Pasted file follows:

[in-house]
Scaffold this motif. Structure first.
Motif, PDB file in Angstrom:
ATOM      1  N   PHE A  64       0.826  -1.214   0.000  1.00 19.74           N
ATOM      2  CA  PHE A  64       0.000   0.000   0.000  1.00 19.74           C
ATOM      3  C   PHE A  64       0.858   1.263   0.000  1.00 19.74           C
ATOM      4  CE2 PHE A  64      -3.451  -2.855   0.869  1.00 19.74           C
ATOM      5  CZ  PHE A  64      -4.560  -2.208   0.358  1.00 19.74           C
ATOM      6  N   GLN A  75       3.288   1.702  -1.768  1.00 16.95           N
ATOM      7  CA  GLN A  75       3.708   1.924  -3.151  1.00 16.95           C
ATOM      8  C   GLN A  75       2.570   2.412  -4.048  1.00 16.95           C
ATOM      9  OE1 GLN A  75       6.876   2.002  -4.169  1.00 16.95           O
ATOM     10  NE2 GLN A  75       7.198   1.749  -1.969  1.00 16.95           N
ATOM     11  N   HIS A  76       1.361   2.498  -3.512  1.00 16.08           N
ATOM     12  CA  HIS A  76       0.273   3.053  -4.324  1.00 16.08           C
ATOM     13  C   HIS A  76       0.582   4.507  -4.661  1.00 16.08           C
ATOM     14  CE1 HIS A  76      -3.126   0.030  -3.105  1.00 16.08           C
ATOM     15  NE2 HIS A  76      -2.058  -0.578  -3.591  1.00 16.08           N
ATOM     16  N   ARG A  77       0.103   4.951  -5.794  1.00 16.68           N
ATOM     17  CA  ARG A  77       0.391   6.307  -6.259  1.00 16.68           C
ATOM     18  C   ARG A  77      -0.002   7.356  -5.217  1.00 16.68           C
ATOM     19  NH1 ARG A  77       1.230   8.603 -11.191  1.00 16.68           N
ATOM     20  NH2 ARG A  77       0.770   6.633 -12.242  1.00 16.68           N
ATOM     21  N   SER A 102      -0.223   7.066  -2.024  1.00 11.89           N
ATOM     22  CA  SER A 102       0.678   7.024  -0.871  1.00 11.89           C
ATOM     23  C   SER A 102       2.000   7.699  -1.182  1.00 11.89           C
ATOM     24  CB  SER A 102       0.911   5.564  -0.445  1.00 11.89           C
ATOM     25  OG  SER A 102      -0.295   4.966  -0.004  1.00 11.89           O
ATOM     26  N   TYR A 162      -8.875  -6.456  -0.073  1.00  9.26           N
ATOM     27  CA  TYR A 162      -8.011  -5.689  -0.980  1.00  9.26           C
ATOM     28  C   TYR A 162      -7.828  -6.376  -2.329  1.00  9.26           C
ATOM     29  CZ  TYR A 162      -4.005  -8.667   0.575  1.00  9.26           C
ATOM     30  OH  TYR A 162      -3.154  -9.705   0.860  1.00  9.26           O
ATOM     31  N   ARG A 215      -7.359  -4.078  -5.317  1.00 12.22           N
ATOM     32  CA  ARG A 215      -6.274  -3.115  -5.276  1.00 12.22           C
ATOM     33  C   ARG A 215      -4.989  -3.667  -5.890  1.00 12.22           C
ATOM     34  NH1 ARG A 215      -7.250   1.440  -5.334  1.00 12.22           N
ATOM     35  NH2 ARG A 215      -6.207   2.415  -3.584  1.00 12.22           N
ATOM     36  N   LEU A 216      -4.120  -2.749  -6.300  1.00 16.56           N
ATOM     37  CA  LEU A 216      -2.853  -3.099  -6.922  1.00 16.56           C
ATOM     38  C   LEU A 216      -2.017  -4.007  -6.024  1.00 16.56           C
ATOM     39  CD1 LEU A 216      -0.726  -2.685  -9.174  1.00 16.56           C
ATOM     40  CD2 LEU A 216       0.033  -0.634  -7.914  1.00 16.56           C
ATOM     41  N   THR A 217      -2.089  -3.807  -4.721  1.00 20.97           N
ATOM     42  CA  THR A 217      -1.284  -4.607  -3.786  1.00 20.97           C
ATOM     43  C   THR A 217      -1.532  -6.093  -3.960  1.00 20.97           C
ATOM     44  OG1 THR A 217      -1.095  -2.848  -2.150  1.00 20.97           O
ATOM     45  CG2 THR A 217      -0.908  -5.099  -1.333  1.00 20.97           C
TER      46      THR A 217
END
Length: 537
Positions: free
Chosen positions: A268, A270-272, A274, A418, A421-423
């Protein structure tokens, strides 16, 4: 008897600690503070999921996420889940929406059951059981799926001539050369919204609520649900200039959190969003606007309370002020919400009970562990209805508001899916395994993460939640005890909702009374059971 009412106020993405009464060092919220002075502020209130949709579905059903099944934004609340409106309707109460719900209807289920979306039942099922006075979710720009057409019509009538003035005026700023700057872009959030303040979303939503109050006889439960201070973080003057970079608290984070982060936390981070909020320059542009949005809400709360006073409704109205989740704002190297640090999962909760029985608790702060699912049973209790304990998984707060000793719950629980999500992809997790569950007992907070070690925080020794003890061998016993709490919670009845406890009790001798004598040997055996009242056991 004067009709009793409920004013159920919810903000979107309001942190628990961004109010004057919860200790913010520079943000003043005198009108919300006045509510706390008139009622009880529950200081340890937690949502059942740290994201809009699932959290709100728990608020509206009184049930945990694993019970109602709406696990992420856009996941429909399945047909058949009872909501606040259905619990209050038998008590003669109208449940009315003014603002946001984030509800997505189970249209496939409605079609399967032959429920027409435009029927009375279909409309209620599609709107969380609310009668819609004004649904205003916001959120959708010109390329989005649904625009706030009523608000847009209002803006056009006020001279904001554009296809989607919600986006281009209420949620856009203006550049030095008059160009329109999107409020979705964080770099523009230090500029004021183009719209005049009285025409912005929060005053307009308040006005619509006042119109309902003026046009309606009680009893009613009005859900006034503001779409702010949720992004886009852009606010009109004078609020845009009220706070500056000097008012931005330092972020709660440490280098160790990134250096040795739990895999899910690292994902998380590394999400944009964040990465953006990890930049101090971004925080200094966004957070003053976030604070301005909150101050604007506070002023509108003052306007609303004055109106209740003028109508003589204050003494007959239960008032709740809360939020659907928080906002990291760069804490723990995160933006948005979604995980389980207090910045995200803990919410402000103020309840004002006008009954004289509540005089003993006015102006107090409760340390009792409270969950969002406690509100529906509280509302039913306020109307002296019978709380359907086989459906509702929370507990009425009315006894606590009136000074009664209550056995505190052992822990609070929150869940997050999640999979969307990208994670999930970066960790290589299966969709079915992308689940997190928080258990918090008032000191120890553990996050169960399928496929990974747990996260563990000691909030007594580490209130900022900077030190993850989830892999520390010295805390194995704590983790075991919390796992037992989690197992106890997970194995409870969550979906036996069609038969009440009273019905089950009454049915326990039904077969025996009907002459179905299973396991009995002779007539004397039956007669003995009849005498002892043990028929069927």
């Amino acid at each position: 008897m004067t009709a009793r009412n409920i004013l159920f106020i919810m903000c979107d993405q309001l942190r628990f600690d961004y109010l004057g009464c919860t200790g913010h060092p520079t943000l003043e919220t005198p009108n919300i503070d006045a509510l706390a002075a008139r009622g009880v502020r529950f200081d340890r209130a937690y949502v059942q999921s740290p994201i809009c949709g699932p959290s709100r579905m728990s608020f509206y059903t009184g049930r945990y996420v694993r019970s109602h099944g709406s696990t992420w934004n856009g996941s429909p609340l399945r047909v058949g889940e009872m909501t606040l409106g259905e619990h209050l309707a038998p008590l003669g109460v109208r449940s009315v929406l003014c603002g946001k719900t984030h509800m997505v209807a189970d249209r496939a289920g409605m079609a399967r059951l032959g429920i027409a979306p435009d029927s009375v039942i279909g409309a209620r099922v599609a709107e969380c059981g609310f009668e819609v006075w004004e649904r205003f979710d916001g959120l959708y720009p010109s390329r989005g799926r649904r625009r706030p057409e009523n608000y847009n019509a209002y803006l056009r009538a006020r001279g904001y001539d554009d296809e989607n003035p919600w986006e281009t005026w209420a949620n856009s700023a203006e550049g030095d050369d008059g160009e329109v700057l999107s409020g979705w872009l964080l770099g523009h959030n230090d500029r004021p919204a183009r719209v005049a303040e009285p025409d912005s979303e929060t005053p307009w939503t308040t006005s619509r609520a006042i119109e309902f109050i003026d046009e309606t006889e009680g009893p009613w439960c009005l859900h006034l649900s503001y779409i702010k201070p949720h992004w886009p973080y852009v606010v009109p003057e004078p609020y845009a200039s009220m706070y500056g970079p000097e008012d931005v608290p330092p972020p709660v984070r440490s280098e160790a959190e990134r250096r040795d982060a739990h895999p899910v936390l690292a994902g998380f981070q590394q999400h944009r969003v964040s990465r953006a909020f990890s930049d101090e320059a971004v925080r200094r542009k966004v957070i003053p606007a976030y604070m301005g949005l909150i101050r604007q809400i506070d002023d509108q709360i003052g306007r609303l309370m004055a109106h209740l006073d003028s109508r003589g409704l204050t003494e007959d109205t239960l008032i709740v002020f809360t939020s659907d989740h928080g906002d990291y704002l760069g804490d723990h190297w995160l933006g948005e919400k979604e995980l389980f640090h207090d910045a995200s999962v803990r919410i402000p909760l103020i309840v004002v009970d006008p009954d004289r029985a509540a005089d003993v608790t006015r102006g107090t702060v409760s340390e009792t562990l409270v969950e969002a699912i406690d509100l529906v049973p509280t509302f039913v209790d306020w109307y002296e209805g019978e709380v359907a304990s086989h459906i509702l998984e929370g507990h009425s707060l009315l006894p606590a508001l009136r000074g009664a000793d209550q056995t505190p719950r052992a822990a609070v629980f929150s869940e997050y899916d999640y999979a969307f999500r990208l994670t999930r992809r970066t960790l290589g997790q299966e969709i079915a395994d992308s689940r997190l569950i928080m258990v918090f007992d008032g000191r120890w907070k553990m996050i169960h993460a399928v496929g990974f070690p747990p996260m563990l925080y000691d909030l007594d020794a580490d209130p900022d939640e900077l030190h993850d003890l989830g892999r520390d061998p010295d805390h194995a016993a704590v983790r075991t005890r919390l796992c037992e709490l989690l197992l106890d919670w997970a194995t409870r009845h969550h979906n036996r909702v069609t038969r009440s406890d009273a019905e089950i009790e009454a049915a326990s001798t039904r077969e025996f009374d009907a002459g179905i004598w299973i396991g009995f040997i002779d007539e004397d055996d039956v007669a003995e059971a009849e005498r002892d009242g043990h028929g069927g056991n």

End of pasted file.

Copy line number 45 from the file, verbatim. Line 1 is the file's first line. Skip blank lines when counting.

ATOM     42  CA  THR A 217      -1.284  -4.607  -3.786  1.00 20.97           C